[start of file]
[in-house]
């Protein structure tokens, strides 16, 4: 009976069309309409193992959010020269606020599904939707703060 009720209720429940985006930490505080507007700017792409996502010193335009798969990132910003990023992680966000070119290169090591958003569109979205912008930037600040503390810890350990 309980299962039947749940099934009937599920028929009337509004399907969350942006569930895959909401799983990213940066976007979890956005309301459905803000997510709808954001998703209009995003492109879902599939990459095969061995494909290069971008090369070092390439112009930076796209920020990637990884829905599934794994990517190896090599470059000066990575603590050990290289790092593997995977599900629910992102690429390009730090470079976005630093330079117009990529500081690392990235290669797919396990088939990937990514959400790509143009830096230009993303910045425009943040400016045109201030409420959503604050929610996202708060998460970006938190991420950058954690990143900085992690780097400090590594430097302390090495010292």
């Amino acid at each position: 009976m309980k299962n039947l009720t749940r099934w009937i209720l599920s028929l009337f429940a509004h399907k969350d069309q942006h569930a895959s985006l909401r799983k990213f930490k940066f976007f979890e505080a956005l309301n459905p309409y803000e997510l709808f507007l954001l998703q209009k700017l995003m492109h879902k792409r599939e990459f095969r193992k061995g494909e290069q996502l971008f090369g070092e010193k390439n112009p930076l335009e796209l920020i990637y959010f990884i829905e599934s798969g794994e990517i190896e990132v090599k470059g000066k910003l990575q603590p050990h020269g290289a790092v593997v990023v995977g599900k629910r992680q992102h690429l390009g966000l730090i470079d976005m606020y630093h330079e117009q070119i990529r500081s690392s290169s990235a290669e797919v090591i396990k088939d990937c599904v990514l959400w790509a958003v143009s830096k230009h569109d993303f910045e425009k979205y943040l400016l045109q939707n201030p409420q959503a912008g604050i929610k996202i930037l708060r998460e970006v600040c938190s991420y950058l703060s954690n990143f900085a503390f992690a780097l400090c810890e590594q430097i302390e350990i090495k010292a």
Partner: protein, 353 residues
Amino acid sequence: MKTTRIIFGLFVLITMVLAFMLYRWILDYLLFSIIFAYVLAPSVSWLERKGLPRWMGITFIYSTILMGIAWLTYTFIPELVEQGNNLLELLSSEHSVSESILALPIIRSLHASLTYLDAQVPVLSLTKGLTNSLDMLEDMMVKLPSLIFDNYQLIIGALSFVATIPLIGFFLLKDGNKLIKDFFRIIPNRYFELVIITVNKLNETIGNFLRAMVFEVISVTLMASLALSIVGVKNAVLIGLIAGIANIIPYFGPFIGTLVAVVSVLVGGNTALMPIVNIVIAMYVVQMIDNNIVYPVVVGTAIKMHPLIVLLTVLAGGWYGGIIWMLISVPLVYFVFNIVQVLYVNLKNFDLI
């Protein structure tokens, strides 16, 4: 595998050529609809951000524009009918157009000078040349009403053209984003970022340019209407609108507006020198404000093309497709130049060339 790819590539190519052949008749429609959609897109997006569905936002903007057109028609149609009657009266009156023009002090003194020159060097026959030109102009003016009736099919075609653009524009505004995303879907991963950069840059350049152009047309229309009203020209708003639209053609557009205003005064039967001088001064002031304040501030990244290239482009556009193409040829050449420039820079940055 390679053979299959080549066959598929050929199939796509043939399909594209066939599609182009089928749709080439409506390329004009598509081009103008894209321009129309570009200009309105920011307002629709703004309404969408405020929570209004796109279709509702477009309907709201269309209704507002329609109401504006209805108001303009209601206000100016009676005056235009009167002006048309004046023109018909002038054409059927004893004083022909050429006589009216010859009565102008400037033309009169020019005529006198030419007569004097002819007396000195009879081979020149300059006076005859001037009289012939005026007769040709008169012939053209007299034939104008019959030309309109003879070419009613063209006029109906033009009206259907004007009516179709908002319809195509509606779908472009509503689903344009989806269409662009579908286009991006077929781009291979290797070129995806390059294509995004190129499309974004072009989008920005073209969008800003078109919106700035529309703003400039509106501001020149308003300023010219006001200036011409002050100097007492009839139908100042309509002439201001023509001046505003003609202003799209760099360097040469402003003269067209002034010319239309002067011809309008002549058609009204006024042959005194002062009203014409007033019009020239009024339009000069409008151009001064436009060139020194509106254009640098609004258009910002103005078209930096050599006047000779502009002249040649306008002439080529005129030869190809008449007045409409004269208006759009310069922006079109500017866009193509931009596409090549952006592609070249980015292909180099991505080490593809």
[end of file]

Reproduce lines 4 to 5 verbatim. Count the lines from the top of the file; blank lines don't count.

Partner: protein, 353 residues
Amino acid sequence: MKTTRIIFGLFVLITMVLAFMLYRWILDYLLFSIIFAYVLAPSVSWLERKGLPRWMGITFIYSTILMGIAWLTYTFIPELVEQGNNLLELLSSEHSVSESILALPIIRSLHASLTYLDAQVPVLSLTKGLTNSLDMLEDMMVKLPSLIFDNYQLIIGALSFVATIPLIGFFLLKDGNKLIKDFFRIIPNRYFELVIITVNKLNETIGNFLRAMVFEVISVTLMASLALSIVGVKNAVLIGLIAGIANIIPYFGPFIGTLVAVVSVLVGGNTALMPIVNIVIAMYVVQMIDNNIVYPVVVGTAIKMHPLIVLLTVLAGGWYGGIIWMLISVPLVYFVFNIVQVLYVNLKNFDLI